30 review for The Cause of All Nations: An International History of the American Civil War

  1. 4 out of 5

    Brian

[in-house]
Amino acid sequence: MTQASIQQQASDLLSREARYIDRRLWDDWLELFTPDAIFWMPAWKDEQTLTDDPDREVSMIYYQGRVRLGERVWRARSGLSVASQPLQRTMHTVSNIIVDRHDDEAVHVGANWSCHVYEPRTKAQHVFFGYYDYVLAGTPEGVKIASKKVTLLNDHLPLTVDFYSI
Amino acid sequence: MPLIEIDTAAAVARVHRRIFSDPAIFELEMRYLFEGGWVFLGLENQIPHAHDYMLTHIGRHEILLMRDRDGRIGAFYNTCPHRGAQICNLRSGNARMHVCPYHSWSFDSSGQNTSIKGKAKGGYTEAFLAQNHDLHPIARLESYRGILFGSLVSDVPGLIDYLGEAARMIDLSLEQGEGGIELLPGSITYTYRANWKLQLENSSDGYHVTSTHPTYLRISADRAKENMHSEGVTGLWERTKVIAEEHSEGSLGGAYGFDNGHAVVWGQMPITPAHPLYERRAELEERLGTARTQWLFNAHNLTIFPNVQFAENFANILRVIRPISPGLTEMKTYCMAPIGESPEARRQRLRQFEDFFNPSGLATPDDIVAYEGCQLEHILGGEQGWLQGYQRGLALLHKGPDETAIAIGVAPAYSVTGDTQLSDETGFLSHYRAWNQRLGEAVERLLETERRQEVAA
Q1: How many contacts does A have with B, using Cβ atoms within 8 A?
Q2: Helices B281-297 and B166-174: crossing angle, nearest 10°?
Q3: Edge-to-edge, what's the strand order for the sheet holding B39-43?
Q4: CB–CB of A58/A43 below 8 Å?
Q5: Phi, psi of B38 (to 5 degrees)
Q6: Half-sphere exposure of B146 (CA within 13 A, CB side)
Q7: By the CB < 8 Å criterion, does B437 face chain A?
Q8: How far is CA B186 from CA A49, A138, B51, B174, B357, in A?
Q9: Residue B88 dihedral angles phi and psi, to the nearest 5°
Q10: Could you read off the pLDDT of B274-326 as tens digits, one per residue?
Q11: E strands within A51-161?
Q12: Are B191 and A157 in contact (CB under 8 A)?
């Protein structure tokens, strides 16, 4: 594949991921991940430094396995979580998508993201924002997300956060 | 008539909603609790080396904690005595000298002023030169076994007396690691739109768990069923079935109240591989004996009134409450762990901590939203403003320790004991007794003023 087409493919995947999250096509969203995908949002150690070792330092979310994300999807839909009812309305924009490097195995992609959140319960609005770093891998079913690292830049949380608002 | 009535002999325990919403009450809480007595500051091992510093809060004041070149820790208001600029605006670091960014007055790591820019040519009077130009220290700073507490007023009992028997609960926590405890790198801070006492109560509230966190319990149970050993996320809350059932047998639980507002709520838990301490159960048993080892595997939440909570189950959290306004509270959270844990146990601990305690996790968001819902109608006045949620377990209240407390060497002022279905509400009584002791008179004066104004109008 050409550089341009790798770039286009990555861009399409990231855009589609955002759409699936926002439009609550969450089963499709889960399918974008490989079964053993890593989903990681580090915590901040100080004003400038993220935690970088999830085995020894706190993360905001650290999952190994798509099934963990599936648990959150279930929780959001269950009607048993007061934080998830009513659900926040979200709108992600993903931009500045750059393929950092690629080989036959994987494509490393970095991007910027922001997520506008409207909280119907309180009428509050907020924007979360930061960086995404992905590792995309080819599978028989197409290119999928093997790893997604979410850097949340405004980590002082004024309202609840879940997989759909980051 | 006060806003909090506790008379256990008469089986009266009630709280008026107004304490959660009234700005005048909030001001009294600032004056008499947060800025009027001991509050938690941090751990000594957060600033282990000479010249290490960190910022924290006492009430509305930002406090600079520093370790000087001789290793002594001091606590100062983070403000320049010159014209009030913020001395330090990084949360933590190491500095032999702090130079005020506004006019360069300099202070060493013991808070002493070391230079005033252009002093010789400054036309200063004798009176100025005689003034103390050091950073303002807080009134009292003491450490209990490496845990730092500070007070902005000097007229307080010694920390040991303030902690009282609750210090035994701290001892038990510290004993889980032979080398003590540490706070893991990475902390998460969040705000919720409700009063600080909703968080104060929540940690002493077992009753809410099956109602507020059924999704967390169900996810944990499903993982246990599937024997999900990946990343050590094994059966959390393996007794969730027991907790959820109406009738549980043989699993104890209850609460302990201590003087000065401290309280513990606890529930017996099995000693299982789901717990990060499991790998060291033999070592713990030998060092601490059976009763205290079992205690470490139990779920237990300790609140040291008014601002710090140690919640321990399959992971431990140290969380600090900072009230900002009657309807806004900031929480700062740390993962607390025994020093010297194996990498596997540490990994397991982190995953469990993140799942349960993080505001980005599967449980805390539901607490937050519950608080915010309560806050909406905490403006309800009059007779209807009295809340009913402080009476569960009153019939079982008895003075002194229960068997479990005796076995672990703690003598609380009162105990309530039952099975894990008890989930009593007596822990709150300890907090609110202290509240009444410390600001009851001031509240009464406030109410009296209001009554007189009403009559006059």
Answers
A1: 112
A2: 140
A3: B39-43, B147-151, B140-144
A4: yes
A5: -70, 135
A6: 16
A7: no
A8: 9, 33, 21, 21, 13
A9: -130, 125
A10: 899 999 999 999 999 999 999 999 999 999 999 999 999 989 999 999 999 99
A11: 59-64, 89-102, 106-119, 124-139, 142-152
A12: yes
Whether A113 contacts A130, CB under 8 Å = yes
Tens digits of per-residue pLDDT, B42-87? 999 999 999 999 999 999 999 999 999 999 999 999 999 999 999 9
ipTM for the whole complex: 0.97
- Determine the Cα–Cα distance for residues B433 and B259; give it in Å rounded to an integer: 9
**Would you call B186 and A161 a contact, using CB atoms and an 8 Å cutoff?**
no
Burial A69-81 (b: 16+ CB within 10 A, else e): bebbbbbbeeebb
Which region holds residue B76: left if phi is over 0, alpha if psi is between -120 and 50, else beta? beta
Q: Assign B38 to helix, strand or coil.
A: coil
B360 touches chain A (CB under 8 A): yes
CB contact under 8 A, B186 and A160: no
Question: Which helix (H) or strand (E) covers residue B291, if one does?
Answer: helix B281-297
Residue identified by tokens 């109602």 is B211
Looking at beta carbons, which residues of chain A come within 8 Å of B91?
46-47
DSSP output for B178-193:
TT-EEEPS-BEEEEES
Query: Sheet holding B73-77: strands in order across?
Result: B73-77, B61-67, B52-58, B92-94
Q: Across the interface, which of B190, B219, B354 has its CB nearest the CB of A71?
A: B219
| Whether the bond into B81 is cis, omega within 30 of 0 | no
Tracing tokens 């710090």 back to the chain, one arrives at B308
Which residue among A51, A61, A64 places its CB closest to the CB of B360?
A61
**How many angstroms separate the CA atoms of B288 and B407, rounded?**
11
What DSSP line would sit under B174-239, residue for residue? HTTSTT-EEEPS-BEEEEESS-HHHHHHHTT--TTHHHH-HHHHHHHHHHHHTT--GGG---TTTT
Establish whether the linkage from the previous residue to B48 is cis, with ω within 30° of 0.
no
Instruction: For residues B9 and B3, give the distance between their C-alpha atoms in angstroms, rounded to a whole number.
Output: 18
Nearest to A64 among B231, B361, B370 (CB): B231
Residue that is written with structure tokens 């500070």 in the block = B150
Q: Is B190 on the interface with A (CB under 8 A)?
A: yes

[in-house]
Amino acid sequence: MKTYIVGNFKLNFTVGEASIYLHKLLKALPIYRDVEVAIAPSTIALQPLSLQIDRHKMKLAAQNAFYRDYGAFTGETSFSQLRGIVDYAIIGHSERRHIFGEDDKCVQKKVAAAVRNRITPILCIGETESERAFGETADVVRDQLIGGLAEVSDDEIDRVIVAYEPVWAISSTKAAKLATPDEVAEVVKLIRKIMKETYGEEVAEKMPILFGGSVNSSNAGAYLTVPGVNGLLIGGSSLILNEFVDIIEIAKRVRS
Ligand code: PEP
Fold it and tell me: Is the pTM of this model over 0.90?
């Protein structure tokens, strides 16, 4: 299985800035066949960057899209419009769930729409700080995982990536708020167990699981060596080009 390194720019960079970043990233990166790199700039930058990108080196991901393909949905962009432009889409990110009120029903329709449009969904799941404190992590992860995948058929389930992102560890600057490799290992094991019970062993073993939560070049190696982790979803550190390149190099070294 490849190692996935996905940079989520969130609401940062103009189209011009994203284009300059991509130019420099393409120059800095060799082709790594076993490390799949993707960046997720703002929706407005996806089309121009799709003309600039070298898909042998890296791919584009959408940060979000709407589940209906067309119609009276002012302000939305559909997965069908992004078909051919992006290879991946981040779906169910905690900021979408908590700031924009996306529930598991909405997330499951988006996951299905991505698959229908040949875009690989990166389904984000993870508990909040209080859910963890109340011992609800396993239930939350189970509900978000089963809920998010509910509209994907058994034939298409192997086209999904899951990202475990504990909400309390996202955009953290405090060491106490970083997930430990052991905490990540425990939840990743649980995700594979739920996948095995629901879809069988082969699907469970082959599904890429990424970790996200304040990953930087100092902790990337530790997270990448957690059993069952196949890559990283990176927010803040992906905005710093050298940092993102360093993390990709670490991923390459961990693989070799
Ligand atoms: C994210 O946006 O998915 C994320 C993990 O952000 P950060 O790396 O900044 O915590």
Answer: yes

I am not knowledgeable enough about the voluminous literature about the American Civil War to know whether or not The Cause of All Nations provides a unique and original perspective on the war, but for me at least, much of what I read in the book was new. The book departs from the traditional focus on the military campaigns and battles of the war to look at the ways in which the war was perceived by the international (primarily European) community, as well as the Union’s and the Confederacy’s res I am not knowledgeable enough about the voluminous literature about the American Civil War to know whether or not The Cause of All Nations provides a unique and original perspective on the war, but for me at least, much of what I read in the book was new. The book departs from the traditional focus on the military campaigns and battles of the war to look at the ways in which the war was perceived by the international (primarily European) community, as well as the Union’s and the Confederacy’s respective efforts to influence those perceptions through diplomacy and public relations campaigns. The stakes were high. The South wanted recognition, especially by Britain and France, as a legitimate separate and independent nation, with possible intervention in the war on the Confederacy's side. The North recognized that recognition would change the character of the war and that intervention would greatly increase the chances of the Confederacy’s success. So as the war was being fought on the battlefields, both sides were also engaging in a parallel war to win the support of European governments as well as the hearts and minds of their populations. Looking back at the Civil War period over a century and a half later, it is easy to forget that, at the time, many people around the world viewed the United States with great interest as an ongoing experiment in republican self-government. The war was a life-and-death struggle that would determine whether the experiment would be successful, or whether it had run its course. Non-democratic governments had a stake in seeing the South succeed, while popular movements, such as those being led by Giuseppe Garibaldi in Italy, hoped that the Union would endure and that American republican and democratic ideas would take root in their own countries. The key to international public opinion was the issue of slavery. Many Europeans viewed slavery as incompatible with democracy. Despite economic pressures resulting from the lack of cotton imports from the South, it was clear that the European public would support the Union and not the South if they perceived the war as a fight over slavery. And European governments could not realistically intervene to aid the Confederacy if public opinion would equate intervention with supporting slavery. It should have been clear right from the start that the South was fighting to preserve slavery (although false narratives persist even today). In a March 1861 speech that became known as the “Cornerstone Speech,” Confederate Vice President Alexander Stephens affirmed that the Confederacy existed for that very purpose. “Our new Government[’s] … foundations are laid, its cornerstone rests, upon the great truth that the negro is not equal to the white man; that slavery, subordination to the superior race, is his natural and moral condition. This, our new government, is the first, in the history of the world, based upon this great physical, philosophical, and moral truth.” But the Confederate diplomats and propagandists largely avoided this inconvenient fact, preferring instead to make the South’s case for independence on the notion that it was simply reacting to unreasonable oppression by the North. For the first two years of the war, the North likewise avoided the slavery issue in its efforts to obtain international support. Lincoln was walking a fine line. He had constitutional concerns about freeing the slaves. He was also concerned that many Union soldiers and Northern citizens would not be as keen to support a war to free slaves as they would be to fight for the principle of preserving the Union. But in the fall of 1862, he made the war explicitly about abolition when he issued the Emancipation Proclamation. Some European commentators criticized Lincoln’s effort. The London Spectator said, “The principle is not that a human being cannot justly own another, but that he cannot own him unless he is loyal to the United States.” But overall, the Proclamation succeeded in rallying international opinion to the Union cause. (One notable commentator, Karl Marx, explicitly praised Lincoln’s genius.) There was no longer any possibility of Britain or France intervening to aid the Confederacy. The South was on its way to defeat, and the cause of liberty survived to inspire people around the world. As I said at the outset, I learned a lot from this book. For the most part, it is engagingly written too. I can’t speak for Civil War scholars, but I certainly think that most general readers with an interest in the Civil War will find the book quite fascinating.